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Nearly 100 Antique Tractors To Cross Auction Block

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Photo courtesy of Ritchie Bros. Auctioneers
Logue's 1935 Caterpillar RD8 is believed to be the third unit built in the series.
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A contractor, inventor and manufacturer, George E. Logue Sr. spent his life collecting and maintaining antique tractors. On April 10, heavy-equipment enthusiasts will have the rare opportunity to buy Logue's hoard at an unreserved auction.

"Almost 100% of the auction is antique tractors, which is unusual for us," says Scott Edwards, territory manager for Ritchie Bros., which will hold the auction at Logue's farm in Trout Run, Pa.

The storehouse of nearly 100 pieces of vintage machinery also includes parts and other heavy equipment from construction's past. Among the most valuable items is a 1935 Caterpillar RD8, which is believed to be the third unit built in the series. Also up for sale is a 1933 Caterpillar 48 Elevating Grader, which was once used to build the Alaskan Highway.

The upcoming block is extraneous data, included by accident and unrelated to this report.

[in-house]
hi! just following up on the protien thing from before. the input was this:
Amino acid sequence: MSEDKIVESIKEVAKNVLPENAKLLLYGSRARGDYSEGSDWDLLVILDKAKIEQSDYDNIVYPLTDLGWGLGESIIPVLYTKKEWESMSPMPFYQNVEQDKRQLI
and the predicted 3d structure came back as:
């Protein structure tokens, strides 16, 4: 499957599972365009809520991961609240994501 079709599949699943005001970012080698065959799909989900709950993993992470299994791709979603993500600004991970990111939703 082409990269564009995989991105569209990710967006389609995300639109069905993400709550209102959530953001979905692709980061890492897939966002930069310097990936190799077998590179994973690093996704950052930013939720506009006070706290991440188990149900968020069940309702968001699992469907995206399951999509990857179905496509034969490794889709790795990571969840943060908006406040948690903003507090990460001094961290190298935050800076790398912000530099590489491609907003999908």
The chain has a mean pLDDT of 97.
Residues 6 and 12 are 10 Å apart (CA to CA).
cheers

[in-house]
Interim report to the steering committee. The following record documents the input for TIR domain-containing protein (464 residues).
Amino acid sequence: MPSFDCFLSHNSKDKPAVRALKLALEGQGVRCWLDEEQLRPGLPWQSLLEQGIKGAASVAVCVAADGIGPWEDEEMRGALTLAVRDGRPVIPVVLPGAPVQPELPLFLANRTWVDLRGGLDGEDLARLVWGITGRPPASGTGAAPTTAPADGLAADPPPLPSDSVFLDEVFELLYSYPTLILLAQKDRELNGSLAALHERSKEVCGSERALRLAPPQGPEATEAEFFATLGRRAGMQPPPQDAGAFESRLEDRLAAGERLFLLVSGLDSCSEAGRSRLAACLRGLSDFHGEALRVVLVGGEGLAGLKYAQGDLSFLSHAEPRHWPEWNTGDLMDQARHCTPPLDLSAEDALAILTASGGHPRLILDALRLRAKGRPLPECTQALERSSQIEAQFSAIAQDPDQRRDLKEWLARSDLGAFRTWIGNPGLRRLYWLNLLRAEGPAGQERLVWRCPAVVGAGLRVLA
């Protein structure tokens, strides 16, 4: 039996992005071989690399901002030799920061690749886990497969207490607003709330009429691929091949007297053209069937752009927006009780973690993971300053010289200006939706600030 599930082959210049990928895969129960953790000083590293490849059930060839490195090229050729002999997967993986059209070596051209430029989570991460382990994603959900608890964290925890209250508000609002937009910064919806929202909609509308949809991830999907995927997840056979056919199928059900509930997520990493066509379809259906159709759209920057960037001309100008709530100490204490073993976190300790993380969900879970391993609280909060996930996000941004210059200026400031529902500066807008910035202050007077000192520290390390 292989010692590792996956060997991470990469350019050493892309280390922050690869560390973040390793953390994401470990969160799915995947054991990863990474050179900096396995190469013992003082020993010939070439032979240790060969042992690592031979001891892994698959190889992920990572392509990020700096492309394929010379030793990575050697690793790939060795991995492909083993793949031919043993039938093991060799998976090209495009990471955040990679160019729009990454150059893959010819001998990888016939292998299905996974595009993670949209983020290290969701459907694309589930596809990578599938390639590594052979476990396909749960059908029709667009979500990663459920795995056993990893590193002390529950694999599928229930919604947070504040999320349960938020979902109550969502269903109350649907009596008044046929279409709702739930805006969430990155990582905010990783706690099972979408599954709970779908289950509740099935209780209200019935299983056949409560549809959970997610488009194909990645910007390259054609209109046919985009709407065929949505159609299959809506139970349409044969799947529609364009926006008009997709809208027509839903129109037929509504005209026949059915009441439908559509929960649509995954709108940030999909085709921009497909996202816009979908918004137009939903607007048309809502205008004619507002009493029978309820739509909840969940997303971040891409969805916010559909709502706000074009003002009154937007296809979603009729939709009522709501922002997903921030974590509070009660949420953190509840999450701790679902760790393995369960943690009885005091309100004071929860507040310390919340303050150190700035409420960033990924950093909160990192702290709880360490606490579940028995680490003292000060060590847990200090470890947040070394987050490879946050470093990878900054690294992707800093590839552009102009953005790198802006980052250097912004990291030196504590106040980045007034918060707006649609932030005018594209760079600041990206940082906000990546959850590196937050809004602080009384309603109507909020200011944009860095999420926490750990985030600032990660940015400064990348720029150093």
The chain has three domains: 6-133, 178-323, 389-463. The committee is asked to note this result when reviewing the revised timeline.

"I've had calls from throughout the United States, Canada—all over," says Edwards. "This is definitely a once-in-a-lifetime thing."

Logue, who died this past October at 85 years old, fell in love with yellow iron as a child and spent the rest of his life collecting antique construction equipment. Ritchie Bros. estimates the value of Logue's collection at around $500,000; the machines might be worth more if they didn't cost so much to own and operate.

"They are expensive to transport, expensive to store and expensive to fix," says Bob Logue, son of the late collector. "Dad didn't do it because it was a good investment. He did it because he loved them."

A U.S. Army Air Corps veteran who earned a degree in agricultural engineering from Penn State in 1951, George Logue went on to live his dream of working with big machinery. Although Caterpillar was his favorite brand, he ended up working for a competitor.

"He applied for a job at International Harvester and Caterpillar," says Bob Logue. "Cat offered him an interview, and International offered him a job. He took the job."

Logue served as manager of field testing for International Harvester in Huntsville, Mo., but he moved back to his ancestral home in 1954 to open a construction business in Williamsport, Pa. Inside his machine shop, which started in the basement of his house and eventually grew to become a manufacturing business, Logue made a backhoe from scratch to use on his firm's construction projects.

"He was an amazing guy," says his son.


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